http://www8.utsouthwestern.edu/utsw/cda/dept37389/files/129258.html

More articles from Life Sciences:

nachricht New switch decides between genome repair and death of cells
27.09.2016 | University of Cologne - Universität zu Köln

nachricht A blue stoplight to prevent runaway photosynthesis
27.09.2016 | National Institute for Basic Biology

All articles from Life Sciences >>>

The most recent press releases about innovation >>>

Die letzten 5 Focus-News des innovations-reports im Überblick:

Im Focus: First quantum photonic circuit with electrically driven light source

Optical quantum computers can revolutionize computer technology. A team of researchers led by scientists from Münster University and KIT now succeeded in putting a quantum optical experimental set-up onto a chip. In doing so, they have met one of the requirements for making it possible to use photonic circuits for optical quantum computers.

Optical quantum computers are what people are pinning their hopes on for tomorrow’s computer technology – whether for tap-proof data encryption, ultrafast...

Im Focus: OLED microdisplays in data glasses for improved human-machine interaction

The Fraunhofer Institute for Organic Electronics, Electron Beam and Plasma Technology FEP has been developing various applications for OLED microdisplays based on organic semiconductors. By integrating the capabilities of an image sensor directly into the microdisplay, eye movements can be recorded by the smart glasses and utilized for guidance and control functions, as one example. The new design will be debuted at Augmented World Expo Europe (AWE) in Berlin at Booth B25, October 18th – 19th.

“Augmented-reality” and “wearables” have become terms we encounter almost daily. Both can make daily life a little simpler and provide valuable assistance for...

Im Focus: Artificial Intelligence Helps in the Discovery of New Materials

With the help of artificial intelligence, chemists from the University of Basel in Switzerland have computed the characteristics of about two million crystals made up of four chemical elements. The researchers were able to identify 90 previously unknown thermodynamically stable crystals that can be regarded as new materials. They report on their findings in the scientific journal Physical Review Letters.

Elpasolite is a glassy, transparent, shiny and soft mineral with a cubic crystal structure. First discovered in El Paso County (Colorado, USA), it can also be...

Im Focus: Complex hardmetal tools out of the 3D printer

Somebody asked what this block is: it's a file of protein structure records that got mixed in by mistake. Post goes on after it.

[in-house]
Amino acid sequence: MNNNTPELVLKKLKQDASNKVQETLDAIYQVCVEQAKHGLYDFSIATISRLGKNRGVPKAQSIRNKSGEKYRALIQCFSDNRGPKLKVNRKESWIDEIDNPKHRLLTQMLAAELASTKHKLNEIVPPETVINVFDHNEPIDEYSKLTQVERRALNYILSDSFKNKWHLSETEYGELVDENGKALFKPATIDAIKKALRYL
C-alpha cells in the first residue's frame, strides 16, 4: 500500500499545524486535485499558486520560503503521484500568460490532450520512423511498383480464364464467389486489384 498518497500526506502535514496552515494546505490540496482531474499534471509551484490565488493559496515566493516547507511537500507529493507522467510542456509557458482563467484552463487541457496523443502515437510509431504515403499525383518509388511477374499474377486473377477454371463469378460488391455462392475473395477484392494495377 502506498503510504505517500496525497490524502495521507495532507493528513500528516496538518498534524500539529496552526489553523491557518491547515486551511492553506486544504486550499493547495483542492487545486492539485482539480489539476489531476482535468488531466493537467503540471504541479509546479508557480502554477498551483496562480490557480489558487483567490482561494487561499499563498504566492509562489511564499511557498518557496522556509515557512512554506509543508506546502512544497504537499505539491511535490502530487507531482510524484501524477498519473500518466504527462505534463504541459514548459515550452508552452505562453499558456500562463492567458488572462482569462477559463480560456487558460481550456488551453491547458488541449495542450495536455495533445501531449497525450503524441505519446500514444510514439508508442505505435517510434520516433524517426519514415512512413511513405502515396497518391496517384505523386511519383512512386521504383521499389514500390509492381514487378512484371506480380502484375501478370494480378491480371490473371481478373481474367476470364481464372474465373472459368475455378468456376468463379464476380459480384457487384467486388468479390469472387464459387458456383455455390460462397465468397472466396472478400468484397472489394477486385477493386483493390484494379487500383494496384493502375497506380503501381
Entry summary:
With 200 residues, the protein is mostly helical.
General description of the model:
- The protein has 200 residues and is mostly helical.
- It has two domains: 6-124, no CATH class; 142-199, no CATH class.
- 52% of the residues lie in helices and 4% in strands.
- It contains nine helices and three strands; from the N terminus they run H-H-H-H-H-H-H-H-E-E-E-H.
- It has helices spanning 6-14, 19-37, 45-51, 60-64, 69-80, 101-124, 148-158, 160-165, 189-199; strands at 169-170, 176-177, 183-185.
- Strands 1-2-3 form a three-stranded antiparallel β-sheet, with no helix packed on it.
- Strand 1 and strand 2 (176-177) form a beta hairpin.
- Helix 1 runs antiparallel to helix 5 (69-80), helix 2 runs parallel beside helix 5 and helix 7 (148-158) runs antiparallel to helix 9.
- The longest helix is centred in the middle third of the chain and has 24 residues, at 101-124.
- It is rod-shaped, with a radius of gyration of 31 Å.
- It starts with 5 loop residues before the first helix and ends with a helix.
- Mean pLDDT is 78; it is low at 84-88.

For the first time, Fraunhofer IKTS shows additively manufactured hardmetal tools at WorldPM 2016 in Hamburg. Mechanical, chemical as well as a high heat resistance and extreme hardness are required from tools that are used in mechanical and automotive engineering or in plastics and building materials industry. Researchers at the Fraunhofer Institute for Ceramic Technologies and Systems IKTS in Dresden managed the production of complex hardmetal tools via 3D printing in a quality that are in no way inferior to conventionally produced high-performance tools.

Fraunhofer IKTS counts decades of proven expertise in the development of hardmetals. To date, reliable cutting, drilling, pressing and stamping tools made of...

Im Focus: Launch of New Industry Working Group for Process Control in Laser Material Processing

At AKL’16, the International Laser Technology Congress held in May this year, interest in the topic of process control was greater than expected. Appropriately, the event was also used to launch the Industry Working Group for Process Control in Laser Material Processing. The group provides a forum for representatives from industry and research to initiate pre-competitive projects and discuss issues such as standards, potential cost savings and feasibility.

In the age of industry 4.0, laser technology is firmly established within manufacturing. A wide variety of laser techniques – from USP ablation and additive...

All Focus news of the innovation-report >>>

Anzeige

Anzeige

Event News

Laser use for neurosurgery and biofabrication - LaserForum 2016 focuses on medical technology

27.09.2016 | Event News

Experts from industry and academia discuss the future mobile telecommunications standard 5G

23.09.2016 | Event News

ICPE in Graz for the seventh time

20.09.2016 | Event News

 
Latest News

New switch decides between genome repair and death of cells

27.09.2016 | Life Sciences

Nanotechnology for energy materials: Electrodes like leaf veins

27.09.2016 | Physics and Astronomy

‘Missing link’ found in the development of bioelectronic medicines

27.09.2016 | Life Sciences

VideoLinks
B2B-VideoLinks
More VideoLinks >>>